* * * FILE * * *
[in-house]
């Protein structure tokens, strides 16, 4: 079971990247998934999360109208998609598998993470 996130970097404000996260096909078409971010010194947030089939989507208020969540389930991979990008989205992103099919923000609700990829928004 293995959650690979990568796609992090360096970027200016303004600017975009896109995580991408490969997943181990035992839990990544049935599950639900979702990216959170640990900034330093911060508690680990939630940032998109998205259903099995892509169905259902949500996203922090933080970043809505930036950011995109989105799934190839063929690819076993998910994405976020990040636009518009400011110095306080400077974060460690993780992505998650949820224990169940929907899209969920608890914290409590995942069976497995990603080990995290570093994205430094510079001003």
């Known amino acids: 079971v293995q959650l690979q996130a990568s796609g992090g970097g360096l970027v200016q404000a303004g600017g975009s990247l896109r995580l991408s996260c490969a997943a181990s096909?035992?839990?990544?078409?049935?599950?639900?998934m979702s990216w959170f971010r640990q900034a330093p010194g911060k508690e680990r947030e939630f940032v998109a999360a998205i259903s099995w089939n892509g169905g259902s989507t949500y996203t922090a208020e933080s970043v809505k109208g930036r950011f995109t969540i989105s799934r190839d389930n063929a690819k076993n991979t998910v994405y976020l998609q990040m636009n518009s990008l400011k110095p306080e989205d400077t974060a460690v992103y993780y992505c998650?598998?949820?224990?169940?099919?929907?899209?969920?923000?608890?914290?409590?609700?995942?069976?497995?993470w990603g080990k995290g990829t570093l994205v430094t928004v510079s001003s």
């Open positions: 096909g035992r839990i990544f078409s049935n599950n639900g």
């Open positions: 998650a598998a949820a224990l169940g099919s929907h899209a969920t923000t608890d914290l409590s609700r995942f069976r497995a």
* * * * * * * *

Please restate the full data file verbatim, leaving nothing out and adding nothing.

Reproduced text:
[in-house]
């Protein structure tokens, strides 16, 4: 079971990247998934999360109208998609598998993470 996130970097404000996260096909078409971010010194947030089939989507208020969540389930991979990008989205992103099919923000609700990829928004 293995959650690979990568796609992090360096970027200016303004600017975009896109995580991408490969997943181990035992839990990544049935599950639900979702990216959170640990900034330093911060508690680990939630940032998109998205259903099995892509169905259902949500996203922090933080970043809505930036950011995109989105799934190839063929690819076993998910994405976020990040636009518009400011110095306080400077974060460690993780992505998650949820224990169940929907899209969920608890914290409590995942069976497995990603080990995290570093994205430094510079001003």
């Known amino acids: 079971v293995q959650l690979q996130a990568s796609g992090g970097g360096l970027v200016q404000a303004g600017g975009s990247l896109r995580l991408s996260c490969a997943a181990s096909?035992?839990?990544?078409?049935?599950?639900?998934m979702s990216w959170f971010r640990q900034a330093p010194g911060k508690e680990r947030e939630f940032v998109a999360a998205i259903s099995w089939n892509g169905g259902s989507t949500y996203t922090a208020e933080s970043v809505k109208g930036r950011f995109t969540i989105s799934r190839d389930n063929a690819k076993n991979t998910v994405y976020l998609q990040m636009n518009s990008l400011k110095p306080e989205d400077t974060a460690v992103y993780y992505c998650?598998?949820?224990?169940?099919?929907?899209?969920?923000?608890?914290?409590?609700?995942?069976?497995?993470w990603g080990k995290g990829t570093l994205v430094t928004v510079s001003s």
């Open positions: 096909g035992r839990i990544f078409s049935n599950n639900g």
């Open positions: 998650a598998a949820a224990l169940g099919s929907h899209a969920t923000t608890d914290l409590s609700r995942f069976r497995a």